Marietta chief on mental health, crime, retention and more
Apr. 29—MARIETTA — Seven months after the City Council appointed him as Marietta's new police chief, Marty Ferrell said one of his biggest priorities has been supporting mental health initiatives for his officers.
"If they aren't emotionally fit to be on the road, how are they going to come to your home and handle something, as a 21-, 22-year-old officer ... if they're not emotionally ready? So, I've emphasized a lot on our emotional health," Ferrell said.
In an interview with the MDJ, Ferrell spoke about that concern, as well as crime in the city, recruitment and retention, gang activity, race relations and more.
The chief has led the department for 15 months. He was appointed interim chief in early 2022 upon the retirement of his predecessor, Dan Flynn, and was made the permanent chief last September.
Ferrell, an MPD veteran of more than 30 years, said that when he started working, mental health concerns weren't considered.
"When I started in 1990, you would see horrible things, and no one ever asked you, 'Are you OK?' It just was unheard of, you just dealt with it and went on about your business," Ferrell said.
Over time, the stress of the job, if left unaddressed, produces negative symptoms in officers — more use-of-force incidents, citizen complaints, absenteeism, alcoholism and suicides; along with less productivity.
Local departments have to get away from the "suck it up, buttercup" mentality of old, Ferrell said, if they are to be effective.
To that end, the department has rolled out new initiatives aimed at addressing officers' emotional needs.
One novel approach is the department's new "wellness room," where officers can go to decompress after working at traumatic crime scenes.
"It's designed to kind of calm you down and get you back on an even keel," Ferrell said.
The wellness room at police headquarters includes a massage chair, adjustable lighting, speakers that play soothing sounds, aromatherapy, tea and snacks. Ferrell believes other departments across the country will follow MPD's example.
"The science behind it is proven to reduce the stress, to reduce your heart rate, to reduce your blood pressure, to just calm your whole body down," said Officer Chuck McPhilamy, Marietta Police Department spokesman.
In addition to funding the wellness room, the City Council has funded mental health counselors who spend time with officers, including riding in cars with them.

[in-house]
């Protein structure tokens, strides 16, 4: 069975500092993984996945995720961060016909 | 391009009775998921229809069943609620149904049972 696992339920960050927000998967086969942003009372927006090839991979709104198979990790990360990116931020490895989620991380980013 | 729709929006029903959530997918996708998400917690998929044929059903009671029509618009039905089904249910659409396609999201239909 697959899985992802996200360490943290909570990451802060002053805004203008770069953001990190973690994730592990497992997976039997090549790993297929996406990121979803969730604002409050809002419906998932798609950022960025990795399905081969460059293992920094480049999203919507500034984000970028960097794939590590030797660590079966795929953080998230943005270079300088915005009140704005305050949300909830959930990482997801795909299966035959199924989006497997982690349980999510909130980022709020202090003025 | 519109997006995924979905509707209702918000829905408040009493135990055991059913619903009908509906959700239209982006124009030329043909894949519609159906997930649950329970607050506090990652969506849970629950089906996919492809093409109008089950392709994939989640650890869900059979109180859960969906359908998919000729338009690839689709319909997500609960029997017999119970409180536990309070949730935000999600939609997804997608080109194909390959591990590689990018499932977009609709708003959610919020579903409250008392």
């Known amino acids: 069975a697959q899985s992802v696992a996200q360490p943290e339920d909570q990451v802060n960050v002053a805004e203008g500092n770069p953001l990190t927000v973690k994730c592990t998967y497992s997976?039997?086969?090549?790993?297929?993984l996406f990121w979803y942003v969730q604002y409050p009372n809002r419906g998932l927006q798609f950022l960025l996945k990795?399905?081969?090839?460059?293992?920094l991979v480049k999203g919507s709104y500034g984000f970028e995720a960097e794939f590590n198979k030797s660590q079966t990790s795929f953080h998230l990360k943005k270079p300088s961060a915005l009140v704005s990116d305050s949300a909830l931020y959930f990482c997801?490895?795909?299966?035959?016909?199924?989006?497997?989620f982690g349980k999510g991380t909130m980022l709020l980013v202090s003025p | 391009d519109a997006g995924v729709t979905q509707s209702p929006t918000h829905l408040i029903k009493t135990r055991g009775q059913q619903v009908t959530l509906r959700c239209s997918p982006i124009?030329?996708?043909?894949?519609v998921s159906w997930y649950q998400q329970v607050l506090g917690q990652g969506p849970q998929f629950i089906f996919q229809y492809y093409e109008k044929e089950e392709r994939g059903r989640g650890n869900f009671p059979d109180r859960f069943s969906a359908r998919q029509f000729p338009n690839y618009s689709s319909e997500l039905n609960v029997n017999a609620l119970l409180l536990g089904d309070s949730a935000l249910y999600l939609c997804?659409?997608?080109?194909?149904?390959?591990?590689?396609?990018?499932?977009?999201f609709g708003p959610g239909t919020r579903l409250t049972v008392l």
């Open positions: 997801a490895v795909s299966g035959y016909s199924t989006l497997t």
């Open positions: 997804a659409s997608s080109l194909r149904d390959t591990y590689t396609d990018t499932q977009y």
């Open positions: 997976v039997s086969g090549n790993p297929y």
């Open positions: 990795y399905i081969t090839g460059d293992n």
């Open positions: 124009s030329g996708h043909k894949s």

"So when they start to see an officer maybe in decline, or something is not right, the counselor already has an idea of what is the normal line for the officer," Ferrell said.
The chief said he's learned from his wife, Penny, who works for Wellstar Health System. Wellstar has its own initiatives to support healthcare workers who witness traumatic situations on the job.
"I don't ever want someone in my police department to have some tragedy, and they feel like they don't have anywhere to turn," Ferrell said.
In addition to working on mental health initiatives for officers, Ferrell is trying to help officers deal with people in the community who have mental and emotional health problems.
The chief said he's seen a growth in the number of unhoused people in the community, many of whom have mental health problems, and alcohol or drug addictions. The ones who don't commit crimes or threaten other residents need help, not an arrest.
Ferrell quoted MUST Ministries CEO Ike Reighard, saying "no one chooses to be homeless."
"And I don't disagree with that. But for some reason they are, and we're seeing an influx here," Ferrell said.
The police department has a new co-responder program where a counselor, contracted through Highland Rivers, assists officers responding to mental health calls.
The counselor works to try to help people get the help they need, such as getting them into a treatment facility.
That approach to mentally distressed people is part of the department's overall community policing strategy.
Ferrell said Marietta police seek to build trust through community events and the Citizen's Police Academy. Most important is a commitment to professionalism when dealing with the public, whether it's a friendly conversation or enforcing the law.
"The way we treat you on that traffic stop speaks volumes about who you are as a police department. If that interaction goes bad, that is what's going to make the news," Ferrell said.
The chief said he doesn't employ a full-time internal affairs investigator, because there aren't enough complaints to justify one.
Marietta Councilman Johnny Walker said the chief is doing a great job, and that the rest of the council feels the same way.
"He's very well-liked in the community and hands-on, cares about Marietta. We couldn't have a better chief," Walker said.
Walker added that "everybody's got full trust in Marty," and that he hears no complaints about the chief.
Recruitment and retention
Across the country, the chief said, there's a problem of officers leaving law enforcement.